Creating a separate entry room allowed for a place to remove shoes, hang coats, and welcome guests. A western entry would not interfere with the southern heating system, and by adding a door to divide this room from the main living space, the space would function as a type of airlock, keeping out the harsh cold of winter as well as the sweltering heat of summer.
A systems room in this area would create a place for the filter system to conveniently receive water from the cisterns also located on the west side of the house. I sized this separate room to house all of the mechanical and electrical equipment required to run the technical facets of the home.
A back door placed on the east wall and directly across from the front door became the cross-ventilation system. If the house needed extra cooling or ventilation, opening the front and back doors helped in cooling the structure by taking advantage of the prevailing westerly breeze.
The primary ventilation system consisted of operable skylights in each room. This glazing not only added ample light to the rooms, but also allowed control of the air flow through the house.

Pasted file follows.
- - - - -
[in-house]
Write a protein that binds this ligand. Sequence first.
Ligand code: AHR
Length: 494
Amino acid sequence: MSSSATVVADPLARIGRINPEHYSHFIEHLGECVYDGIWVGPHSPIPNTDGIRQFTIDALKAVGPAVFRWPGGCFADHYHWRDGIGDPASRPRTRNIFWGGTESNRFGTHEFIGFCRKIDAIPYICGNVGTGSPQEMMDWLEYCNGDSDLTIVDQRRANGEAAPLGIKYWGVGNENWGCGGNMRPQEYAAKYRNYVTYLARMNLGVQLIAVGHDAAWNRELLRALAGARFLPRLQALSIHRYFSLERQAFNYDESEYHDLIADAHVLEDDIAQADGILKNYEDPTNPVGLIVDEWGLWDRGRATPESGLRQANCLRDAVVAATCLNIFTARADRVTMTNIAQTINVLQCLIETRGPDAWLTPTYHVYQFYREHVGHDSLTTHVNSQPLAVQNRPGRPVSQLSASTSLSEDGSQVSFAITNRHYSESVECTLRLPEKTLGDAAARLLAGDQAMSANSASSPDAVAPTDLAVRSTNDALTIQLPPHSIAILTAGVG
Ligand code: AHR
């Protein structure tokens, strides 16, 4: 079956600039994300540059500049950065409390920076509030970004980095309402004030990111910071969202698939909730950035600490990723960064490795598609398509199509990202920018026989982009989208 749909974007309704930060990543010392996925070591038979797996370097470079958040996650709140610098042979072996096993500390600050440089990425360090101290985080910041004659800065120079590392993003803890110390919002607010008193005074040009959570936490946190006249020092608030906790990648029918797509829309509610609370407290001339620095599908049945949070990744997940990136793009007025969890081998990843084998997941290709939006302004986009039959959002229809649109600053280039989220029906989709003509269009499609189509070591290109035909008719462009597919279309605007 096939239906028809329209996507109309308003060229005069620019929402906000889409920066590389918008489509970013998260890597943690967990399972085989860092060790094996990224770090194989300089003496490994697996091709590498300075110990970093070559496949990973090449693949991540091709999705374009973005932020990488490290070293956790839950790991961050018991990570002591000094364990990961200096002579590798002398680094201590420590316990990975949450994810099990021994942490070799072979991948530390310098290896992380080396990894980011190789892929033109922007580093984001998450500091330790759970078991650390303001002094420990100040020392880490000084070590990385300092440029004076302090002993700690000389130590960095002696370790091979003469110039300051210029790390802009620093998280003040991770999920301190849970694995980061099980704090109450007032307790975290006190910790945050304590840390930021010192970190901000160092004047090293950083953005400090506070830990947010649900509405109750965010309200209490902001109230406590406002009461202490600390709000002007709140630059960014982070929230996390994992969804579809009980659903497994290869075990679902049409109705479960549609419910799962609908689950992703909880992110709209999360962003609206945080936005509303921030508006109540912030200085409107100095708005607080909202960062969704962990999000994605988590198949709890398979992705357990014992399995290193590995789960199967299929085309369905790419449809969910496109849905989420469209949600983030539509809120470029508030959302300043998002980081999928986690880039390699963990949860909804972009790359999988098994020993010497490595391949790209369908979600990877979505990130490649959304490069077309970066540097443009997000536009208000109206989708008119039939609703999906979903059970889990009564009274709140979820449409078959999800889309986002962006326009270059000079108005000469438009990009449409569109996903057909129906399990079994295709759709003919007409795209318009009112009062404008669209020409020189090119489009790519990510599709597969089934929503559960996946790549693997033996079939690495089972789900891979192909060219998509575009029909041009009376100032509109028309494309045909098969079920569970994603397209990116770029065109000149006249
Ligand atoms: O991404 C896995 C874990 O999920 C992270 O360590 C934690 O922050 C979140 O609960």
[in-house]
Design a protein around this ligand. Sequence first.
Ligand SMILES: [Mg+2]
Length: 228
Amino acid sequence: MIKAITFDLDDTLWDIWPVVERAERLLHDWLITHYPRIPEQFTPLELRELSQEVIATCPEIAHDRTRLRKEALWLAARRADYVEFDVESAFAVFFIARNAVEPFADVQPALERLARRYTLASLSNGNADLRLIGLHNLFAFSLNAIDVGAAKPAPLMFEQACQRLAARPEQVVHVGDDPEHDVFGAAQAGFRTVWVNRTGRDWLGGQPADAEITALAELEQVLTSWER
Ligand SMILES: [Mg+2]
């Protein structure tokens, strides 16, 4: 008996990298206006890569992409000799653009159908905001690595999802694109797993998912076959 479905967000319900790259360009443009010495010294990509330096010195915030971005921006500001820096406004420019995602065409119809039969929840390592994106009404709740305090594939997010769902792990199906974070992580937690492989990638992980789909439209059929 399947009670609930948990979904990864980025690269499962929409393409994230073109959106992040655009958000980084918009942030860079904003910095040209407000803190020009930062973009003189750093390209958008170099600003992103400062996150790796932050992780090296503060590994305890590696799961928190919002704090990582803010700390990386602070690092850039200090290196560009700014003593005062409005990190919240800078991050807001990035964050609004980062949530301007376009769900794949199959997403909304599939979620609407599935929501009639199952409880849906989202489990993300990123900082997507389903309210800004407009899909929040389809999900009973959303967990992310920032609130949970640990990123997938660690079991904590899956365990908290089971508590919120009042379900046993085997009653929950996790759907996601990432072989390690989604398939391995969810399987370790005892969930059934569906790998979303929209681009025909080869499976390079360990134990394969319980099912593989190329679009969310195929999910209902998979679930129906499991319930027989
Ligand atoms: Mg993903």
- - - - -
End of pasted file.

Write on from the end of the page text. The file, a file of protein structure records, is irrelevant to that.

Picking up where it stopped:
Actively ventilating the home only required opening some of the southern windows along with the corresponding skylight in that room, creating a natural air flow.
The water collection system would collect water that landed on the roof, carrying it through a conventional gutter to the cisterns.
Last but not least, the northern tire wall sloped into the hillside, retaining the earth. This wall had the freedom to twist and to flow as it nestled and conformed to the landscape. It spiraled its tail end around the eastern piñon, forming a sweeping arc around my proposed bedroom. Becoming more linear across the interior spaces of the house, it would give into a final giant S-curve around the cisterns.
Building this wall would demand an enormous amount of attention and labor, but in return, it would give back in many ways. Its depth and massive weight would create considerable thermal mass, an important element in our heating and cooling system.
Closing the computer to take a break, I pondered the wonder of the house taking form. Undoubtedly, each of the natural elements was essential to the function of Twisted Oak.
Many ancient indigenous cultures have honored the elements and directions in the construction of their sacred sites. For example, the ancient Celts, residing in the northern hemisphere, equated the element of Earth with North, Air with East, Fire with South, and Water with West. Embedding these ancient, natural elements into Twisted Oak felt like a significant step in forming a home that worked in harmony with the natural world.
Twisted Oak’s form and structure were now defined, and they already provided a framework for some essential systems of the house: passive solar heating and cooling, heat storage, ventilation, and water collection.
Stay tuned for future post as we dive into the details of all of these systems.